Nike Hercules Overview
The Army began developing the next generation of Nike missile - Hercules - in 1953, the same year that Nike Ajax became operational. The Army named the missile for one of the most celebrated heroes of classical mythology, a figure renowned f‘or strength and endurance. The new guided missile would need these characteristics in order to destroy the newer, more sophisticated generations of military aircraft. Aircraft capabilities had increased in range and altitude, demanding an improved air defense system. In addition, nuclear payloads were a greater threat. Designed to carry either nuclear and/or high-explosive warheads. the Nike Hercules missile could attack supersonic aircraft operating at altitudes in excess of 150,000 feet and at a range of more than 87 miles.
Nike Hercules represented several notable improvements over the first generation Ajax. The solid-fuel booster for the Nike Hercules was a cluster of four Nike Ajax missile booster units. Another improvement was a solid-fueled propellant that replaced liquid-fueled propellant for the sustainer motor. At launch, the Nike Hercules weighed 10,405 pounds; later versions weighed 10,710 pounds. Burn-out speed was typically Mach 3.5 in early production; that speed was later increased to Mach 3.65. Also improved was the acquisition radar for the Nike Hercules system, which ultimately had a range of 100 miles. The missile and target-tracking radars also had increased ranges.
In 1958, the Army began replacing Nike Ajax missiles with Nike Hercules. An "Improved Nike Hercules" system became operational in 1961. The Improved Hercules could combat yet more sophisticated offensive weapons, including aircraft bombers that reached speeds of Mach 2, as well as air-supported missiles and rockets operating at velocities of Mach 3. The High Power Acquisition Radar (HIPAR) built by General Electric was also an important component of the Improved Hercules system. While the range of standard Hercules radars was 125 miles, HIPAR extended the acquisition range to 175 nautical miles, allowing more than 400 seconds from the time of target acquisition to the time of intercept. With the increasing speed of enemy aircraft and ballistic missiles, every extra moment was essential. The Improved Hercules system also proved effective against surface-to-surface targets and had a limited antimissile capability. In 1960, a Hercules missile supported by HIPAR scored a direct hit against a Corporal ballistic missile at White Sands Missile Range. Later that same year, a Hercules missile successfully intercepted another Hercules traveling at a height of 19 miles.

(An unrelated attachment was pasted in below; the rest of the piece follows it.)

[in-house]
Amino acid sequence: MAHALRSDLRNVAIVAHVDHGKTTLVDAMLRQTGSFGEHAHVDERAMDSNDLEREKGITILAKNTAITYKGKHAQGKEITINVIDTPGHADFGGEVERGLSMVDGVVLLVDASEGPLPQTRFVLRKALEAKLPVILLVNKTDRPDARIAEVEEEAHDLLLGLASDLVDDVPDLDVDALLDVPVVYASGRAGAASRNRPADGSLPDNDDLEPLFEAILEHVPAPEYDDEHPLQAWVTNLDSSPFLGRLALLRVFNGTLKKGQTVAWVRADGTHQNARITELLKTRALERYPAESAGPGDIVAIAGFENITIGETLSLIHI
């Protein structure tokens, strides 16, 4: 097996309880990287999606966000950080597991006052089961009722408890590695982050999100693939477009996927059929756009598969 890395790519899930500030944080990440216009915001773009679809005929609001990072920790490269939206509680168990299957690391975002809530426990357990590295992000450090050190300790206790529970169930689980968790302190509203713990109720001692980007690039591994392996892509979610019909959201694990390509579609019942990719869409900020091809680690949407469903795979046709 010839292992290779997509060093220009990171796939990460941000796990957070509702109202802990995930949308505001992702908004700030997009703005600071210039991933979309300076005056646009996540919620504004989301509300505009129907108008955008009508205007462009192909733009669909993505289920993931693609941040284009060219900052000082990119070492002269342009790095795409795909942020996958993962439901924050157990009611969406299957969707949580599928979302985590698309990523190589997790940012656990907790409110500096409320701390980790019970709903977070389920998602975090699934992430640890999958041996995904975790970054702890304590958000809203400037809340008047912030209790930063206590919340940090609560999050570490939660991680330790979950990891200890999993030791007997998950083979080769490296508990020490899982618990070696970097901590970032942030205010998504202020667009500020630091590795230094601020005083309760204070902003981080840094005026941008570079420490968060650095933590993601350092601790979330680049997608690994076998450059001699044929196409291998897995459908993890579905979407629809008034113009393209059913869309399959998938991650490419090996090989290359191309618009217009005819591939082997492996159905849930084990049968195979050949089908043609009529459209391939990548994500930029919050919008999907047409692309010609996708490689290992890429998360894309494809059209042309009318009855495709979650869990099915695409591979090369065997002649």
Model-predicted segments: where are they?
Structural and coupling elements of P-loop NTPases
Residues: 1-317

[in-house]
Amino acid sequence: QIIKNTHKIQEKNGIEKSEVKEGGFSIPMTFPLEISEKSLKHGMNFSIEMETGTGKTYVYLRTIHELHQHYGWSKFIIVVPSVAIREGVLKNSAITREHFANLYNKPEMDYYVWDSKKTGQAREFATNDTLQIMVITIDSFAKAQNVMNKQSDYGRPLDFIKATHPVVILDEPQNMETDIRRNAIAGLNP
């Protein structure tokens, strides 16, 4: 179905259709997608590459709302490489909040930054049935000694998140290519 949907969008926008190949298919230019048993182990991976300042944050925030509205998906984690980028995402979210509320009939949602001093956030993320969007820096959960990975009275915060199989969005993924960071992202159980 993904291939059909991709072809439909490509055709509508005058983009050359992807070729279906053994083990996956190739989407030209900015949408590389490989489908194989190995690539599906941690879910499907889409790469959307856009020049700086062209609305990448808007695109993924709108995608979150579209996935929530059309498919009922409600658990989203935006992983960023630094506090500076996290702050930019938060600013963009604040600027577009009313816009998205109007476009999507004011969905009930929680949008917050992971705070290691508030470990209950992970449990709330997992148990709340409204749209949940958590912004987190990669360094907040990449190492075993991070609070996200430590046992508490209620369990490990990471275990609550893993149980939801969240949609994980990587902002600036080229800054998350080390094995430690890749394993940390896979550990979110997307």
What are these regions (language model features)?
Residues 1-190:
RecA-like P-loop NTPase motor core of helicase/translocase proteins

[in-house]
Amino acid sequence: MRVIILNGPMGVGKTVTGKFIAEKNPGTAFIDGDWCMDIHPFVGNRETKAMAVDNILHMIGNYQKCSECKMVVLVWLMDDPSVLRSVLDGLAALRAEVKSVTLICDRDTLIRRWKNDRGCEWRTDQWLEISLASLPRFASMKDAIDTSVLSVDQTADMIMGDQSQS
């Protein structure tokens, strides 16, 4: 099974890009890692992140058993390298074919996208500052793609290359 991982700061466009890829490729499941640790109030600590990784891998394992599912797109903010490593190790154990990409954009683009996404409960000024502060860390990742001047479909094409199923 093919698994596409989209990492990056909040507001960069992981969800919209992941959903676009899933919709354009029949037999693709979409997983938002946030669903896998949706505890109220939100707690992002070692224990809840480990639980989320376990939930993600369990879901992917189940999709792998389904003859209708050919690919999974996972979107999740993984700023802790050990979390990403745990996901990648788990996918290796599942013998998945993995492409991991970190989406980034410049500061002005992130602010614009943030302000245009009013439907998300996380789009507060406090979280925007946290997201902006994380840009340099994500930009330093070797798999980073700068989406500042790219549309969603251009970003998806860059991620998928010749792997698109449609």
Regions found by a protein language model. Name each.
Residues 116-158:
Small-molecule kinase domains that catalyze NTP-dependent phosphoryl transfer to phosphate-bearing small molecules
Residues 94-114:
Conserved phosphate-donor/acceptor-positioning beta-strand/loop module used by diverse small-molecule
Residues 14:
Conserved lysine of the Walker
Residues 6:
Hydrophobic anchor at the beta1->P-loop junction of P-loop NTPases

By June 1958, the Army had converted most of the Ajax batteries around New York City, Washington, D.C., and Chicago to Hercules systems. Funding for the gigantic task of conversion and new production fluctuated between $47.97 and $129.6 million per month. At the peak of the Hercules effort in 1957-60, Douglas Aircraft operated not only the Charlotte Ordnance Missile Plant, but three other Nike Hercules facilities in North Carolina: Winston-Salem, Burlington. and Greensboro. At peak production, the Ajax and Hercules missiles were, respectively, $19,300 and $55.200.
Nike Ajax magazines (the underground storage facilities) needed modification to accommodate the heavier, longer, and wider Nike Hercules missiles. The primary change was an increase in electrical generating capacity to lift the heavier missile out of the underground facility. Fueling facilities at the launch area were required only if Ajax missiles were also operational at the base; the solid fuel booster and sustainer motor of the Hercules did not use liquid fuel.
Four different underground magazines accommodated the changing missile design. The "A" box was designed for Ajax missiles. The larger "B" box also accommodated Hercules missiles. The "C" box was, essentially, a former Ajax magazine modified to hold Hercules missiles. Box "D," designed for Hercules missiles, was the largest magazine.
After 1958, the Army constructed all Nike facilitles with magazines designed specifically for the Nike Hercules, the "D" box. Nike Missile Base SL-40, constructed in 1958, had a "D" type magazine. During the transitional years. as Nike Hercules missiles were first coming online. many batteries had a mix of Ajax and Hercules missiles. For example. between 1958. 1961, Nike Missile Base SF-88L near San Francisco, held 5-6 Hercules missiles in launch section "A," and 10-11 Ajax missiles in launch section "B." This was typical of many Nike batteries across the nation.